This was the first, and perhaps the most important step in my healing process.
During that season, my husband and I were doing an internship at our church. It was an amazing year of leadership development, hard work, and growth.
In the midst of this internship, just as my depression was hitting critical mass, one of our pastors taught a lesson on eating spiritual meat. The idea was that, as seasoned Christians and leaders-in-training, we should not solely rely on the Sunday morning message for our spiritual food. We should learn how to feed ourselves through daily quiet times in the Word and not hold anyone else responsible for our own spiritual growth.
It was good. It was truth. It taught me things that I am still using to this day.
But in my twisted, depression-skewed mind, I heard this: You shouldn't need spiritual help from anybody at any time for any reason. And if you ask for help - especially at the church and especially if you are a leader here - then you are a spiritual baby, and you are disqualified.
That is not what they were teaching. But that is what I heard. And it confirmed in my heart what I already knew - no one can ever know about my depression. Not my family. Not my husband. And especially not my friends at church.
If you skim past everything else I'm writing STOP HERE. READ THIS. Read it again. Let it sink in.
Depression's greatest weapon - our enemy's greatest weapon - is shame.
Because shame tells us to hide.
Shame tells us no one can ever know.
Shame makes us run from relationships, and from God.
Shame tells us we're all alone.
I was so ashamed. And I couldn't bear the thought of anyone ever knowing about my failures. I was terrified of the judgment, the stigma, the label that would be slapped across my forehead for the rest of my life.
And so I was alone.
For weeks - FOR WEEKS - no one knew. I was spiraling into the pit, and not one person knew.
Finally, on that one morning, when I hit rock bottom, I made the decision to tell three people. Only three people.
I needed someone to take care of my house and family while I took care of me. So I called my mom. Forever my hero, she drove the eight hours of highway between us, then cooked and cleaned and loved on my family and loved on me and basically rescued us.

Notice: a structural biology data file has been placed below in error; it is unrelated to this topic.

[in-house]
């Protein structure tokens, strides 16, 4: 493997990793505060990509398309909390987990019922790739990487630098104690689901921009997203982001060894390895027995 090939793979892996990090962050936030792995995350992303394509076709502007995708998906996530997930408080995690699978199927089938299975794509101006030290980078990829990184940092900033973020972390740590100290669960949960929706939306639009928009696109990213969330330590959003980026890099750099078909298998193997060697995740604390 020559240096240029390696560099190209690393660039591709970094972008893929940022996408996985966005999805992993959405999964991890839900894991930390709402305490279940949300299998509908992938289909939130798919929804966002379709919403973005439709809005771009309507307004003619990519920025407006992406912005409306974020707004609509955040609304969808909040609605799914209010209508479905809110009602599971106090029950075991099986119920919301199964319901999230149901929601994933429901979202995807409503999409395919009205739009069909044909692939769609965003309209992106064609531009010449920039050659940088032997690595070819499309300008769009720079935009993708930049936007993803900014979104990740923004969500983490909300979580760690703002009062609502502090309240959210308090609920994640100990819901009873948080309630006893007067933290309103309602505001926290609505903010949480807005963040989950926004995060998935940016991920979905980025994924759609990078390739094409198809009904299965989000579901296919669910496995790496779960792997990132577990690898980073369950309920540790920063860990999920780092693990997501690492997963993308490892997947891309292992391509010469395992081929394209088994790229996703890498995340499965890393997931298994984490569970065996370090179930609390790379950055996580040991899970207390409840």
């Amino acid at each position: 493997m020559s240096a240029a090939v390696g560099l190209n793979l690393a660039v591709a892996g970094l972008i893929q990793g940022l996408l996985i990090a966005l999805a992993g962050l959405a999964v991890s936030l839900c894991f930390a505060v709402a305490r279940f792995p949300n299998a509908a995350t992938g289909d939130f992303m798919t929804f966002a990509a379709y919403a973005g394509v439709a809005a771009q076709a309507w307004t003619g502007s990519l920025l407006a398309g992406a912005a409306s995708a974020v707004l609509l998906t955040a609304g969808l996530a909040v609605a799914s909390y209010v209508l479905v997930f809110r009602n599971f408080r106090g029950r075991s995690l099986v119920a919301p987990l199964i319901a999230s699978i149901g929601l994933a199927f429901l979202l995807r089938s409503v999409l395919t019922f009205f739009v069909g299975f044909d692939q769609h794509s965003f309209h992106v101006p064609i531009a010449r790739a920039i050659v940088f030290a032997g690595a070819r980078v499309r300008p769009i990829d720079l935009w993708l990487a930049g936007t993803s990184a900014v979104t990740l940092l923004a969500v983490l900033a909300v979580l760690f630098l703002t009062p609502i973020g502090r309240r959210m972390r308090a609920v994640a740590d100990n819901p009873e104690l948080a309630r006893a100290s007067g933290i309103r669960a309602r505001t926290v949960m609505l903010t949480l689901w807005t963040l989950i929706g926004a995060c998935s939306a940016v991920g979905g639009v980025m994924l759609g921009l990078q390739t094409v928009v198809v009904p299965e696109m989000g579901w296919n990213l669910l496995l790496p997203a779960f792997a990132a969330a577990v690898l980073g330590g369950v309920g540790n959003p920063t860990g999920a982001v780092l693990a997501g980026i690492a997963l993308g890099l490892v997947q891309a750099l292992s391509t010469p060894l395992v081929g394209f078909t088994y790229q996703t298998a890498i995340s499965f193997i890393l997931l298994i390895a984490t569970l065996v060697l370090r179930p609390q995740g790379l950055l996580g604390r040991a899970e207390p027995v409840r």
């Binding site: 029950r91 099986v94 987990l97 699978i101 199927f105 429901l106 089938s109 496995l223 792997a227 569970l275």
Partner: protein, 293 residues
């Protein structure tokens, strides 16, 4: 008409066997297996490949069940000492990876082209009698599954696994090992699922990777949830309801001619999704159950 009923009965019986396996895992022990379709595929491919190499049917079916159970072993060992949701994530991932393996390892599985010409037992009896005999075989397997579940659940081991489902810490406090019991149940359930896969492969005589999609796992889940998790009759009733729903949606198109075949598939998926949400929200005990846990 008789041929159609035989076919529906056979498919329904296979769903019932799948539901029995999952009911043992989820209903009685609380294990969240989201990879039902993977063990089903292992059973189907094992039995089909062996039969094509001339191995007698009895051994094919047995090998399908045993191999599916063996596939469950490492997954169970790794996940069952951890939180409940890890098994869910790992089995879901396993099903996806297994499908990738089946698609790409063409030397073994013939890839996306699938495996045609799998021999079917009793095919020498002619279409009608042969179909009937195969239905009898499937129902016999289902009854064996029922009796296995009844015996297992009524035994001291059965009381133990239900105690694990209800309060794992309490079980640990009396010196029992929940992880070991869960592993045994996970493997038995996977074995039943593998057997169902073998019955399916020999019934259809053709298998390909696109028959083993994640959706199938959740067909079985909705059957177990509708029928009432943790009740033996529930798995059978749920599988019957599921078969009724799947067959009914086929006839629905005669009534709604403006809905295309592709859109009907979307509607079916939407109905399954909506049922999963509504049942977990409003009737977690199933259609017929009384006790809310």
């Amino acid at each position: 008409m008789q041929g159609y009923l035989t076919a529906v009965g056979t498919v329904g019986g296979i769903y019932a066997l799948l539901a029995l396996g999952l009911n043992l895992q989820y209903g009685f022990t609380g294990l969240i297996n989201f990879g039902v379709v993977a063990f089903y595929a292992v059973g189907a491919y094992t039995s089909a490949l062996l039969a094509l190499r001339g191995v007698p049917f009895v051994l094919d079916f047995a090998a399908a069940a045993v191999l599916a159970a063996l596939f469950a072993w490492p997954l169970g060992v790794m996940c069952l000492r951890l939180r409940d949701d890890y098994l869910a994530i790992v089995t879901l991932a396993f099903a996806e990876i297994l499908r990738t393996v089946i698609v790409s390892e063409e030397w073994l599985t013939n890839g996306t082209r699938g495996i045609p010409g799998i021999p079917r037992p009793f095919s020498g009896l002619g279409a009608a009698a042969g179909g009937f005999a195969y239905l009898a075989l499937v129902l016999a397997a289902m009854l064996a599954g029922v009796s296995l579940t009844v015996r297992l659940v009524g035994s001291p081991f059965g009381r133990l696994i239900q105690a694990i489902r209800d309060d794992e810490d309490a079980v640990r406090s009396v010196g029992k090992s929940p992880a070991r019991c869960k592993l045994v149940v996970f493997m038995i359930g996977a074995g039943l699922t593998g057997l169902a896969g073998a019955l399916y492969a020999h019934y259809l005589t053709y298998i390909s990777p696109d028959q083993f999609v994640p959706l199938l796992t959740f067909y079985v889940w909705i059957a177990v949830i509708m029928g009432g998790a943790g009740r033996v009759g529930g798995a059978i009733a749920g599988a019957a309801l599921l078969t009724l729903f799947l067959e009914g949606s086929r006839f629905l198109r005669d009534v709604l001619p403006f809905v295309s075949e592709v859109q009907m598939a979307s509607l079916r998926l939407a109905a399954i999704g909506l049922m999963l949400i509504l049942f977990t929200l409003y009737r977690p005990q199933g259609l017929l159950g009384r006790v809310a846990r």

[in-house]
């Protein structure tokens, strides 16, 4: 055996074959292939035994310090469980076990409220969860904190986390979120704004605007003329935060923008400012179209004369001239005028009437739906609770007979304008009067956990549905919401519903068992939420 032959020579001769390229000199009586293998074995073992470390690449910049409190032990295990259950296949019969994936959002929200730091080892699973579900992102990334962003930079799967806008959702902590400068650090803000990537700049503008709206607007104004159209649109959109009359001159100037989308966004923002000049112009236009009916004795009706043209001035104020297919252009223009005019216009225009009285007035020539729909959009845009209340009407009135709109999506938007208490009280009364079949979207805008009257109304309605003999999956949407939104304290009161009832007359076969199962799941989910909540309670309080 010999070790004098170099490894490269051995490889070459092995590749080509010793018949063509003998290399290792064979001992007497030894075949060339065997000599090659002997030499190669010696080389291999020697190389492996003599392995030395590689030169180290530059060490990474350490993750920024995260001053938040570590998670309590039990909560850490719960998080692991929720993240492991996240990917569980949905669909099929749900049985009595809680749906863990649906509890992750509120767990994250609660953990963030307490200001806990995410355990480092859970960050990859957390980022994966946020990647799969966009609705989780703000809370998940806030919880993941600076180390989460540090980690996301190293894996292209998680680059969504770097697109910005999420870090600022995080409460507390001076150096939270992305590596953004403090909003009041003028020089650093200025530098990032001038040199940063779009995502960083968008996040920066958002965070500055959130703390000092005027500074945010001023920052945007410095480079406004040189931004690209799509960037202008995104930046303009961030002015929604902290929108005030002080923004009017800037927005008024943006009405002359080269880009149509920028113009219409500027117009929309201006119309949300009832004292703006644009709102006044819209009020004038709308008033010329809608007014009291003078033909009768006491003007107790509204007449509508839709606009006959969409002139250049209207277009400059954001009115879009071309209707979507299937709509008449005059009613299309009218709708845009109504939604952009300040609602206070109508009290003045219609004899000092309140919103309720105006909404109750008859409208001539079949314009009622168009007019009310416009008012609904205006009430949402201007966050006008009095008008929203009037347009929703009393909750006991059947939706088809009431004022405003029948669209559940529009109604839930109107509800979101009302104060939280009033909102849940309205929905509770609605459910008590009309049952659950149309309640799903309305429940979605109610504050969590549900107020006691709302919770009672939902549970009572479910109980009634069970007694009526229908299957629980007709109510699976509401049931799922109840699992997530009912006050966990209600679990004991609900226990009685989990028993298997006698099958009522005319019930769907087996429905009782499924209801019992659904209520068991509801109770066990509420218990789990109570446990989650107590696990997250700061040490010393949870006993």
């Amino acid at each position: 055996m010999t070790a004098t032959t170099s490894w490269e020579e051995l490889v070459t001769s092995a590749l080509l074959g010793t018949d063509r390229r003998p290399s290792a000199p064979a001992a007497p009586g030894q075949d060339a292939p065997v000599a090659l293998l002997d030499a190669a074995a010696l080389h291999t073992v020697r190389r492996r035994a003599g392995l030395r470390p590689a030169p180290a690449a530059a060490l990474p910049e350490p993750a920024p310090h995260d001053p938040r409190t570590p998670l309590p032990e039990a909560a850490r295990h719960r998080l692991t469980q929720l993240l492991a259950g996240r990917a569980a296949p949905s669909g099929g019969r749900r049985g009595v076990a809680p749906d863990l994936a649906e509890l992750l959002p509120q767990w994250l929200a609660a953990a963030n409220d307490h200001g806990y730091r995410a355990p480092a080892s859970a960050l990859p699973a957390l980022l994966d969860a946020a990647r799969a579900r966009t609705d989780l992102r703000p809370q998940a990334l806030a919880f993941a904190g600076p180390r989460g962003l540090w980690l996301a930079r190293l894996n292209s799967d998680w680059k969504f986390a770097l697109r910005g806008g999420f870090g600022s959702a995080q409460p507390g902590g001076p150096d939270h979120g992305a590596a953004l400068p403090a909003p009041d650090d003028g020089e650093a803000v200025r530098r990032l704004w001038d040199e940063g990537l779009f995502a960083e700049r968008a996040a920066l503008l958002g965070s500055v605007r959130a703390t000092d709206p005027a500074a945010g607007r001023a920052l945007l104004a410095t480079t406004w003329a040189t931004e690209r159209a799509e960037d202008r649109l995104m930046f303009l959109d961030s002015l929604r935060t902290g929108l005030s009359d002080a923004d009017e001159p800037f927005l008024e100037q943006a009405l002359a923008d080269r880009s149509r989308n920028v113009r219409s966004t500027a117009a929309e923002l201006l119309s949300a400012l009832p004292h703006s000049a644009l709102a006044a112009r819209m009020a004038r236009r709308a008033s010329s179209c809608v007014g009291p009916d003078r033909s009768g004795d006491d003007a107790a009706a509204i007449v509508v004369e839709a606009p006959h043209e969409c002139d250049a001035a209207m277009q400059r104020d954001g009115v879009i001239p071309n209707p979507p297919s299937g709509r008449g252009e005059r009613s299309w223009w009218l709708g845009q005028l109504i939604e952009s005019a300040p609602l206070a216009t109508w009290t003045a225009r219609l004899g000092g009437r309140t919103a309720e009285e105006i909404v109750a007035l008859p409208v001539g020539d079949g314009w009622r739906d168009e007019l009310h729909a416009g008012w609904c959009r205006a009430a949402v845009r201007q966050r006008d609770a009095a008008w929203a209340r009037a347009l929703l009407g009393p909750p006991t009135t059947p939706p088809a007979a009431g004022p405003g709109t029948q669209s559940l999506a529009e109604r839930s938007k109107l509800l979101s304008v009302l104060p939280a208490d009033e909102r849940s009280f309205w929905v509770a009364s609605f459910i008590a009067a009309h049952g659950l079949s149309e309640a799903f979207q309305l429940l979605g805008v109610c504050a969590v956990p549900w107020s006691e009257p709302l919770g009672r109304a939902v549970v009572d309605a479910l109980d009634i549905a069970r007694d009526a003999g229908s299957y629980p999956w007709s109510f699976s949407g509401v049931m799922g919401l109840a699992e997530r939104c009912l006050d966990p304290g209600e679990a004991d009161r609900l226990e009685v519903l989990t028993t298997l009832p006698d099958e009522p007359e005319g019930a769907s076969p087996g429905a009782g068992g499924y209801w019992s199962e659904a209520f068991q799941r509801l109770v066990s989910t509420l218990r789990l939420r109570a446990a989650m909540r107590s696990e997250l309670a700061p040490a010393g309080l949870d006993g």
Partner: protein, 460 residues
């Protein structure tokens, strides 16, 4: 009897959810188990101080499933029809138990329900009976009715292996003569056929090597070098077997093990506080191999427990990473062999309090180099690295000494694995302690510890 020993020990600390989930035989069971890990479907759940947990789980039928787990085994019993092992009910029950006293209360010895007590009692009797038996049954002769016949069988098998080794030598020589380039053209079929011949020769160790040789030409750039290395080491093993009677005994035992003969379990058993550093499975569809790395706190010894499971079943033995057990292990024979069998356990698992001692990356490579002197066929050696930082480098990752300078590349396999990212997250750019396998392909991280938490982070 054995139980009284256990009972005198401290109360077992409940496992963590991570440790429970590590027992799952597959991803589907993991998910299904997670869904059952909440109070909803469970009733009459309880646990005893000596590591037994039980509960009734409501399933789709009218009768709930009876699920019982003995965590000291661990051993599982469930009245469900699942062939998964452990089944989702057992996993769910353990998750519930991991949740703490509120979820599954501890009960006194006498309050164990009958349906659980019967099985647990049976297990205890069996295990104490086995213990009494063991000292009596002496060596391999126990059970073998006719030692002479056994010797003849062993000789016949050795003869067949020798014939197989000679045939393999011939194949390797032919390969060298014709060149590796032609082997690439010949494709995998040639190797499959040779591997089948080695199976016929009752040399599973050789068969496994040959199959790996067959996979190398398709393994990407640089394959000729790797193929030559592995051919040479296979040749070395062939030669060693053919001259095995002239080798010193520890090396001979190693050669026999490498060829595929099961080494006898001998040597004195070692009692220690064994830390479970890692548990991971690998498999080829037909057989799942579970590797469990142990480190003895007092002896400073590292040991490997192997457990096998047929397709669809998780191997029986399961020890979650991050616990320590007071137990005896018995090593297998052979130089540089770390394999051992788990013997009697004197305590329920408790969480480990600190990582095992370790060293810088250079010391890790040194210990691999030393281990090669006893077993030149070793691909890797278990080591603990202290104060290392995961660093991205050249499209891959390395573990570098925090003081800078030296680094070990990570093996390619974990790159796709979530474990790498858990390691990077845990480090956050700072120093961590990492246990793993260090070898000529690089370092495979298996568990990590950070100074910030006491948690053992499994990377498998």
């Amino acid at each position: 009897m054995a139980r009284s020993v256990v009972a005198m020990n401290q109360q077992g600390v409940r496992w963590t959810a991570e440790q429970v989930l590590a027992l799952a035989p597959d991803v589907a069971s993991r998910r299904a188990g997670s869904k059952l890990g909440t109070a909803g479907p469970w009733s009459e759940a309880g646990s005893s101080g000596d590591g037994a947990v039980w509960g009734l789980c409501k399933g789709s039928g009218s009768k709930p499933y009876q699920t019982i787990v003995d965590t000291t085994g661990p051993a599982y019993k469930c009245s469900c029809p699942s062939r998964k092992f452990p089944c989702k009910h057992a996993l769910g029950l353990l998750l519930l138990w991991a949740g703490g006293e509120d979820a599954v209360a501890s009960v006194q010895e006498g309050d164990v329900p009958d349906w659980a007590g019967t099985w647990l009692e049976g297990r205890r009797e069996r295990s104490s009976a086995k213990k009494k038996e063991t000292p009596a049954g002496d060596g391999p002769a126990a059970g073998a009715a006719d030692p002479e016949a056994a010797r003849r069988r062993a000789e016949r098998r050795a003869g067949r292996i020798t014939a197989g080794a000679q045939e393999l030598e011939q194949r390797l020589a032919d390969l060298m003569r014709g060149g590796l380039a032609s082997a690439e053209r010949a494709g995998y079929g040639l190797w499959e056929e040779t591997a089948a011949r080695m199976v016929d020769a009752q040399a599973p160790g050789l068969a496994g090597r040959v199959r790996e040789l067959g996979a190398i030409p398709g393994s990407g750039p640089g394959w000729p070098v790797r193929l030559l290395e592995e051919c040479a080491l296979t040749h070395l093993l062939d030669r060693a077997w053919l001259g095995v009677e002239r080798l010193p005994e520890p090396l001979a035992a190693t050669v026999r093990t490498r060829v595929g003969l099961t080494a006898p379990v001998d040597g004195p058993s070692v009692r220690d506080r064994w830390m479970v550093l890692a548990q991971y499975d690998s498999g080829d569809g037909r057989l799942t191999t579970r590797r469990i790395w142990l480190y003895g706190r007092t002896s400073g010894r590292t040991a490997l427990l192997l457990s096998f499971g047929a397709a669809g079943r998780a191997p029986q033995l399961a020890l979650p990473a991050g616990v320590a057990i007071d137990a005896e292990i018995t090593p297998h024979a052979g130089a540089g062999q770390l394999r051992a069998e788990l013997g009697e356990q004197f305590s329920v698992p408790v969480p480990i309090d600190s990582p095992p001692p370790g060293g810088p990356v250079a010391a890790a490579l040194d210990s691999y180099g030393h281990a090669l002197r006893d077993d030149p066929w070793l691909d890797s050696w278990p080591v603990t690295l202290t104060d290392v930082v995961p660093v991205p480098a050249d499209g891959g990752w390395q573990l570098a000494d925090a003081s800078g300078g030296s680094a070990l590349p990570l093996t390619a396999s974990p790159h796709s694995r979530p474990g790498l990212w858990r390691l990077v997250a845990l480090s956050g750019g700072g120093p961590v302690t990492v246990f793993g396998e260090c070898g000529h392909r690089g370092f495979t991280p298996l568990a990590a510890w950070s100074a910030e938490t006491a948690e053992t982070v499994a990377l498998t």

Next, because my husband would be at work until late that night, I sent him a simple text: I am really depressed. I'm going to counseling as soon as someone will see me. Mom is coming to help.
Finally, I called every counselor in the book.
In the midst of looking for a counselor, I called our church and asked if they recommended anyone. Through a series of my own miscommunications, I filled out the wrong paperwork. I thought I was requesting a private meeting with a counselor. But I filled out a pastoral request - asking for a pastor to contact me regarding my depression.
When I discovered the mistake, I was mortified. I had missed my internship class for the past two weeks because of my "back pain," and now they would know the real reason why. Would they ask me to "take a break" from the internship? Would they question my spirituality? Clearly, I was lacking faith and a strong Christian walk. And surely, that would disqualify me from any leadership position at the church.
I remember walking through the doors of the church, begging the Lord to spare me a run-in with the pastor who had received my request. But lo, and behold, there he was, walking straight toward me.
I bit my lip in an attempt to hold down the vomit - literally. He walked up to me, put his arm around my shoulders, and said something like, "I got your request, and I want you to know we're here for you." Only it didn't sound like a canned response. It was genuine, and concerned. He went on to say that he had passed my information on to a pastor-friend of mine, and she would be contacting me. I pushed back tears and mumbled something like, "Okay, that's fine. I'm fine. Yep. Fine." And then promptly went to the bathroom and threw up. (It's ugly, but it's real y'all.)
But in that moment, something broke off me. Because there was nothing except love and compassion and concern coming from my pastor. There was no judgment. No lecture. No shame.
And in that one connection, I gained a little boldness. A little fight. A little courage.
Because that's the thing about shadows and darkness - the only remedy is light.
Over the following weeks, I told a handful of close friends about my struggle, and I was shocked to discover how many of them had their own struggles with depression and PPD.
The enemy would have me believe that I was all alone in my depression, that I was isolated in the darkness.
But the more people I told, the more lights came on, and the more I realized that I was surrounded by "so great a cloud of witnesses." People who had gone before me and battled the depression demons, people who had never faced depression but who would stand in the pit with me and give me a leg-up, people who loved me, who supported me, and who knew - even when I didn't know - that this would not be the way my story ends.
And that was my first step out of the pit. The moment I realized that I am not alone.
So tell someone today. Tell your best friend. Tell your spouse. Tell a counselor. Turn on the lights. And discover you're not alone. You. Are not alone.
"But you know happiness can be found even in the darkest of times, when one only remembers to turn on the light." - Professor Albus Dumbledore